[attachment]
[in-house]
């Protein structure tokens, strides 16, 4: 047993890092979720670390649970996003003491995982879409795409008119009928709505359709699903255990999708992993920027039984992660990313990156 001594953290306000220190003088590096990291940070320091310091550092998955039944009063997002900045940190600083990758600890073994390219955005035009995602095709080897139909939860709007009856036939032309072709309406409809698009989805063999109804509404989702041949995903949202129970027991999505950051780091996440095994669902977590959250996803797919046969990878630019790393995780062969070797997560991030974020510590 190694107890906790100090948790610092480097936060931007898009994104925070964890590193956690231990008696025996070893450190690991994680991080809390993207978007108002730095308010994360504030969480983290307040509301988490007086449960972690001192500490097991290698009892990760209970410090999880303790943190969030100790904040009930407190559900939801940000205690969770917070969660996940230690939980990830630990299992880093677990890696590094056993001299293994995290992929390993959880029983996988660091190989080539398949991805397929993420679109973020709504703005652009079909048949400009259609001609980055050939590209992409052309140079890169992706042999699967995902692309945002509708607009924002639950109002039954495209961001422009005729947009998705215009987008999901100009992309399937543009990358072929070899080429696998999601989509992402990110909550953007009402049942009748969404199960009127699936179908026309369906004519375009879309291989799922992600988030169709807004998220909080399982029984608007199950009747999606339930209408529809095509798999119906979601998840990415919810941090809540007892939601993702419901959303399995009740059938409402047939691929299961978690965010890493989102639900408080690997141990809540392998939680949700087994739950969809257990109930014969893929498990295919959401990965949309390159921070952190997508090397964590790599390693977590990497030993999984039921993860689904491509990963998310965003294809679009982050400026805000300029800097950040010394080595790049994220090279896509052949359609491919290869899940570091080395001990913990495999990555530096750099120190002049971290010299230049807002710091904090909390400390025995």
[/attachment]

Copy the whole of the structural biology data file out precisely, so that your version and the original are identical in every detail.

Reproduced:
[in-house]
């Protein structure tokens, strides 16, 4: 047993890092979720670390649970996003003491995982879409795409008119009928709505359709699903255990999708992993920027039984992660990313990156 001594953290306000220190003088590096990291940070320091310091550092998955039944009063997002900045940190600083990758600890073994390219955005035009995602095709080897139909939860709007009856036939032309072709309406409809698009989805063999109804509404989702041949995903949202129970027991999505950051780091996440095994669902977590959250996803797919046969990878630019790393995780062969070797997560991030974020510590 190694107890906790100090948790610092480097936060931007898009994104925070964890590193956690231990008696025996070893450190690991994680991080809390993207978007108002730095308010994360504030969480983290307040509301988490007086449960972690001192500490097991290698009892990760209970410090999880303790943190969030100790904040009930407190559900939801940000205690969770917070969660996940230690939980990830630990299992880093677990890696590094056993001299293994995290992929390993959880029983996988660091190989080539398949991805397929993420679109973020709504703005652009079909048949400009259609001609980055050939590209992409052309140079890169992706042999699967995902692309945002509708607009924002639950109002039954495209961001422009005729947009998705215009987008999901100009992309399937543009990358072929070899080429696998999601989509992402990110909550953007009402049942009748969404199960009127699936179908026309369906004519375009879309291989799922992600988030169709807004998220909080399982029984608007199950009747999606339930209408529809095509798999119906979601998840990415919810941090809540007892939601993702419901959303399995009740059938409402047939691929299961978690965010890493989102639900408080690997141990809540392998939680949700087994739950969809257990109930014969893929498990295919959401990965949309390159921070952190997508090397964590790599390693977590990497030993999984039921993860689904491509990963998310965003294809679009982050400026805000300029800097950040010394080595790049994220090279896509052949359609491919290869899940570091080395001990913990495999990555530096750099120190002049971290010299230049807002710091904090909390400390025995």